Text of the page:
I challenge anyone not to fall for the chameleon-like charms of Paterson Joseph, who wastes no time explaining to the audience that he wrote Sancho: An Act of Remembrance as there were no parts available in costume dramas for young black actors. What better reason could there be to conceive a one-man show? A waistcoat-clad romp designated to shatter the myth that there was no black presence in Britain in the eighteenth century. “But don’t worry,” he reassures, laughing along with us, “it won’t be too overly political,” setting the tone for the evening – gently cajoling but never apportioning blame.
The play opens with a spotlight on Joseph mirroring a portrait of Charles Ignatius Sancho painted by Gainsborough. Striking a pose in profile, the actor comically embodies his eighteenth-century subject simply by pulling his black socks up in readiness for the portraitist with all the pomp and circumstance he can muster. Joseph pouts, pumps out his chest and morphs into Sancho, tracking his growth from wide-eyed innocent youth to cane wielding, gout-ridden eighteenth-century gent with a penchant for the pudding, “ambrosia” and the arts.
Stripping off and layering on clothing to mark character change, each phase of Sancho’s history and the eighteenth-century world he inhabits comes to life through richly invested gestural language and accents, backed by few props and Michael Vale’s simple set of wooden boxes.
While the tragic history of African slavery and brutal treatment of a black population within British society is at the heart of the play, Joseph keeps the mood light. Sounds from Ben Park waft out, from chamber music to street noise to birdsong. They are the soundtrack to an array of larger-than-life characters, both male and female.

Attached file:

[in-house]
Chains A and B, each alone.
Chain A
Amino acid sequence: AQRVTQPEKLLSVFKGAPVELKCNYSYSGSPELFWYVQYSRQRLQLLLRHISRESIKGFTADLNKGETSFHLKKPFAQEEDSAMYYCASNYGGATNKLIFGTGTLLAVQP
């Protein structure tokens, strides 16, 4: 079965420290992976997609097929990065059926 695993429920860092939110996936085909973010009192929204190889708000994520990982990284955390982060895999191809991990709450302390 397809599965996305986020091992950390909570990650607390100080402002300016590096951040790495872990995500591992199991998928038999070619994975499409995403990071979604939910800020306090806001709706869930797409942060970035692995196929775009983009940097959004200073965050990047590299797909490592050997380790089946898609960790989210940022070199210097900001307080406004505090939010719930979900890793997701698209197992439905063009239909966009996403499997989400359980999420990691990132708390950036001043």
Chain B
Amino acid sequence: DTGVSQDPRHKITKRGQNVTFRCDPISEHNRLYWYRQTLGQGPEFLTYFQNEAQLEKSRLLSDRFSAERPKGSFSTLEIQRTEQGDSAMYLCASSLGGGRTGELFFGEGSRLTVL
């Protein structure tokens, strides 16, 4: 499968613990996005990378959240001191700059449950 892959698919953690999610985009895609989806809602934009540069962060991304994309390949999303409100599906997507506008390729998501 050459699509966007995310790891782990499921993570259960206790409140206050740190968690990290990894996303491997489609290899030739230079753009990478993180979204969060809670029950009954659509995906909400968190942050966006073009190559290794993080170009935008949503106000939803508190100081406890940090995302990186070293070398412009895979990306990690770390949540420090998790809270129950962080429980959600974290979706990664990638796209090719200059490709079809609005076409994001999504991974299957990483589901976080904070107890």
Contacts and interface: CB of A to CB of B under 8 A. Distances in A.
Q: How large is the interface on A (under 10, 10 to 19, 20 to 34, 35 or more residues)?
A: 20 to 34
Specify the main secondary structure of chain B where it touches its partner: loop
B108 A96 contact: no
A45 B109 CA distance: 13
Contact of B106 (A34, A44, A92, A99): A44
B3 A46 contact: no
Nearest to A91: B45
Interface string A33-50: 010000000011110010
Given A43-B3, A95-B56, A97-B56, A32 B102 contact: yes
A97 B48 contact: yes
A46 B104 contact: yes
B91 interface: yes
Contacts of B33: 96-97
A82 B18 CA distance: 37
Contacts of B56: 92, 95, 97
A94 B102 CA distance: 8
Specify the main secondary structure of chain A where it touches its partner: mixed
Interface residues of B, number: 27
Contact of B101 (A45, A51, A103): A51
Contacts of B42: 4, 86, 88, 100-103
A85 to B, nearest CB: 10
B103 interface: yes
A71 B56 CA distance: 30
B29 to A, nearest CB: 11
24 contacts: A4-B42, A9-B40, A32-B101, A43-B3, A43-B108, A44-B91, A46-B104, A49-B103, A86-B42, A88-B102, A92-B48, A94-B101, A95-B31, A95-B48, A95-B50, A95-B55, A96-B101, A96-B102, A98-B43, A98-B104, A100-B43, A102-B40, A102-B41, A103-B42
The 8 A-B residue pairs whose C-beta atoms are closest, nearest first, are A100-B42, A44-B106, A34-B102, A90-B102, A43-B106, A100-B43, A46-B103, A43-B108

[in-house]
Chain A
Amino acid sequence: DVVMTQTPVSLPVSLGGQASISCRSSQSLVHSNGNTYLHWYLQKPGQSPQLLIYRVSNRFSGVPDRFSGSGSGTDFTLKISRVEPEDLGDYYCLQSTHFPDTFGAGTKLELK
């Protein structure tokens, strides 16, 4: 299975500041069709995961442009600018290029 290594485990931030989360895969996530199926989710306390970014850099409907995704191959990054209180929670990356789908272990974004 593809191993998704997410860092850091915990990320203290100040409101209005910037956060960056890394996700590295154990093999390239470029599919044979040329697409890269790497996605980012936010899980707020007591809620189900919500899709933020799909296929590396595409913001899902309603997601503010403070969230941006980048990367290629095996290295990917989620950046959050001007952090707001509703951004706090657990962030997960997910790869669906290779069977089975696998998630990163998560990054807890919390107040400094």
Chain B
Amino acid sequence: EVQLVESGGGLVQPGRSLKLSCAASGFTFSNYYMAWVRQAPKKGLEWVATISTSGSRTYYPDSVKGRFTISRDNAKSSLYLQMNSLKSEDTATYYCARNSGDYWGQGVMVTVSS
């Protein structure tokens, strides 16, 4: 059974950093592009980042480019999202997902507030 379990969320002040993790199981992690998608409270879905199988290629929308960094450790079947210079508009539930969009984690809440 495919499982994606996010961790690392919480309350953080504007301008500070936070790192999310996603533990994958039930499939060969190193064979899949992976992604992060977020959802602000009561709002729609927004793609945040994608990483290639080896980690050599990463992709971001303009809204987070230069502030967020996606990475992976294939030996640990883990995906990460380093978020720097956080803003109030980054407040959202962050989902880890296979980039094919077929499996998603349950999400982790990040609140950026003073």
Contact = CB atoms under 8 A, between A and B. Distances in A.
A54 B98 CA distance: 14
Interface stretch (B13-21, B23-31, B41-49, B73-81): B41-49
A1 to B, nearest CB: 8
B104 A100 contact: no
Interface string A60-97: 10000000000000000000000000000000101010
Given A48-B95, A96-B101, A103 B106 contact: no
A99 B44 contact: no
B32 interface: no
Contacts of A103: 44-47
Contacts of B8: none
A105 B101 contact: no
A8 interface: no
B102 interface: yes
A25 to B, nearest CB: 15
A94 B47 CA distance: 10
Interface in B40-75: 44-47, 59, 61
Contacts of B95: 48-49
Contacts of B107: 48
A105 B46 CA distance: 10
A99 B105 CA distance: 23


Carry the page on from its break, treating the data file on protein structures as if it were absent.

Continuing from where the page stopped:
There’s Sancho’s Irish friend, the author Lawrence Stern (who wrote Tristram Shandy), and Sancho’s comical wife, who espouses homespun truths in a singsong Caribbean lilt. Joseph showing off an impressive vocal range for a lone performer. He also impersonates Sancho’s lisp, historically noted, to indicate when he speaks as himself (the actor) and when he speaks as Sancho.
Joseph digs up historical information about Sancho, weaving it into the dialogue, so it’s hard to tell where fact merges with fiction. We know that he was an accomplished man of the arts, a poet, essayist, actor and composer. He became the first black actor to perform as Othello, he was an eighteenth-century symbol of humanity for the abolition movement, and most importantly, as we learn at the end of the play, he was documented as the first black man to vote in a British election. “He was black, smart, humorous; he appealed to those who knew that Africans were not merely the “beasts of burden” the slave traders portrayed them as,” says Joseph.
The story goes that Sancho was born in 1729 on a slave ship bound from Africa to the West Indies, where his mother died during childbirth and his father killed himself to avoid slavery. The young Sancho was rescued by a nobleman and sent to England as a human pet for three sisters’ cruel amusement. Disapproving of the boy’s quest to read, the sisters turf him out, when he is scooped up in Blackheath by the Montague family, who encourage Sancho in education, employing him as butler until some years later, when as an older man riddled with gout, Sancho faces dismissal and opens a grocery store in Westminster.
What makes Sancho – An Act of Remembrance so resonant is the contradictory nature of Joseph’s flamboyant caricatures. On the one hand, his performance is airy and playful, befriending the audience, inviting on-stage participation, creating a safe space. On the other, there is the knowledge that what lies beneath the sleek veneer of comedy is a character who has experienced the full horror of slavery first-hand, and has, against the odds, fought to be acknowledged for his own merit.
Such contradiction converts a series of episodic playful moments rich in storytelling into deeply meaningful theatre with a powerful message. “Sancho’s life was filled with the joy and pain of being at once free and simultaneously caged within the race and place in eighteenth-century society,” says Joseph. Depressingly, such truisms continue to be relevant in contemporary Britain almost 300 years on.
Sancho – An Act of Remembrance is at Wilton’s Music Hall until June 17th. For more details, click here.